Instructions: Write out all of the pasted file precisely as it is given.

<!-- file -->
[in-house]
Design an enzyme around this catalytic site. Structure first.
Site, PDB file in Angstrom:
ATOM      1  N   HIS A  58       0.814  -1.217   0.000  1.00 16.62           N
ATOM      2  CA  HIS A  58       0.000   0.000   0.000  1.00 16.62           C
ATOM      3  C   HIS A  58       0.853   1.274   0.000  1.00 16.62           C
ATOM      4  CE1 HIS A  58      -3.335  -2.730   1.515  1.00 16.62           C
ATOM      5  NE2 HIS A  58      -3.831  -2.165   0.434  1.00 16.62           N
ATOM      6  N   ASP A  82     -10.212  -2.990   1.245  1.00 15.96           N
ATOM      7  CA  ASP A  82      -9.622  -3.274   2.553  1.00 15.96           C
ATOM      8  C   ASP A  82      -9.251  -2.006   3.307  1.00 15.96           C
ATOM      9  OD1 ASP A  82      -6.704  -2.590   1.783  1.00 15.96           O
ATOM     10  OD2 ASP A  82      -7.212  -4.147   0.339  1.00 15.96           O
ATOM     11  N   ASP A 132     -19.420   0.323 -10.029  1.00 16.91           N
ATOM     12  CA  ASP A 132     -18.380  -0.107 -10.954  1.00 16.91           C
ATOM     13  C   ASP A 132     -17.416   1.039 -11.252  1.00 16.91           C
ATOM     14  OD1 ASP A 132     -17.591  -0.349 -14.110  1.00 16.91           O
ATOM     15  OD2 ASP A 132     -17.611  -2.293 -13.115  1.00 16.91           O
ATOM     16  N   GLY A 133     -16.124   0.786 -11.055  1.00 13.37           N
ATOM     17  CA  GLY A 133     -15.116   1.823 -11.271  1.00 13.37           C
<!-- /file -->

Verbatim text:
[in-house]
Design an enzyme around this catalytic site. Structure first.
Site, PDB file in Angstrom:
ATOM      1  N   HIS A  58       0.814  -1.217   0.000  1.00 16.62           N
ATOM      2  CA  HIS A  58       0.000   0.000   0.000  1.00 16.62           C
ATOM      3  C   HIS A  58       0.853   1.274   0.000  1.00 16.62           C
ATOM      4  CE1 HIS A  58      -3.335  -2.730   1.515  1.00 16.62           C
ATOM      5  NE2 HIS A  58      -3.831  -2.165   0.434  1.00 16.62           N
ATOM      6  N   ASP A  82     -10.212  -2.990   1.245  1.00 15.96           N
ATOM      7  CA  ASP A  82      -9.622  -3.274   2.553  1.00 15.96           C
ATOM      8  C   ASP A  82      -9.251  -2.006   3.307  1.00 15.96           C
ATOM      9  OD1 ASP A  82      -6.704  -2.590   1.783  1.00 15.96           O
ATOM     10  OD2 ASP A  82      -7.212  -4.147   0.339  1.00 15.96           O
ATOM     11  N   ASP A 132     -19.420   0.323 -10.029  1.00 16.91           N
ATOM     12  CA  ASP A 132     -18.380  -0.107 -10.954  1.00 16.91           C
ATOM     13  C   ASP A 132     -17.416   1.039 -11.252  1.00 16.91           C
ATOM     14  OD1 ASP A 132     -17.591  -0.349 -14.110  1.00 16.91           O
ATOM     15  OD2 ASP A 132     -17.611  -2.293 -13.115  1.00 16.91           O
ATOM     16  N   GLY A 133     -16.124   0.786 -11.055  1.00 13.37           N
ATOM     17  CA  GLY A 133     -15.116   1.823 -11.271  1.00 13.37           C